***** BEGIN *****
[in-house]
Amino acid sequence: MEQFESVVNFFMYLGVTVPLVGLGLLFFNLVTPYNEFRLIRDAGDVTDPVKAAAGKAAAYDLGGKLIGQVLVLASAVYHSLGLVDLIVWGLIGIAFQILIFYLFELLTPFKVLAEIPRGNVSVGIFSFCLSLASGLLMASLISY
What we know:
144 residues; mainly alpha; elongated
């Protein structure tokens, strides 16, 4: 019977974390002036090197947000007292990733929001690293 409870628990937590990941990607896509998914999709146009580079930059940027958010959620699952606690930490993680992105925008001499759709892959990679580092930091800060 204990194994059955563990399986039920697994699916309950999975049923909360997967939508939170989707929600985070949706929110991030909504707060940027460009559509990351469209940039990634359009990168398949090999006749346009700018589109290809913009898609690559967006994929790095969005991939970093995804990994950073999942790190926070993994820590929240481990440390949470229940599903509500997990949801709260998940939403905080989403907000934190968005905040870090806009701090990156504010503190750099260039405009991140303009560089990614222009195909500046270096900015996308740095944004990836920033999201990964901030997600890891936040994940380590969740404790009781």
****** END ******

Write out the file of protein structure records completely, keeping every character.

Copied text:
[in-house]
Amino acid sequence: MEQFESVVNFFMYLGVTVPLVGLGLLFFNLVTPYNEFRLIRDAGDVTDPVKAAAGKAAAYDLGGKLIGQVLVLASAVYHSLGLVDLIVWGLIGIAFQILIFYLFELLTPFKVLAEIPRGNVSVGIFSFCLSLASGLLMASLISY
What we know:
144 residues; mainly alpha; elongated
């Protein structure tokens, strides 16, 4: 019977974390002036090197947000007292990733929001690293 409870628990937590990941990607896509998914999709146009580079930059940027958010959620699952606690930490993680992105925008001499759709892959990679580092930091800060 204990194994059955563990399986039920697994699916309950999975049923909360997967939508939170989707929600985070949706929110991030909504707060940027460009559509990351469209940039990634359009990168398949090999006749346009700018589109290809913009898609690559967006994929790095969005991939970093995804990994950073999942790190926070993994820590929240481990440390949470229940599903509500997990949801709260998940939403905080989403907000934190968005905040870090806009701090990156504010503190750099260039405009991140303009560089990614222009195909500046270096900015996308740095944004990836920033999201990964901030997600890891936040994940380590969740404790009781």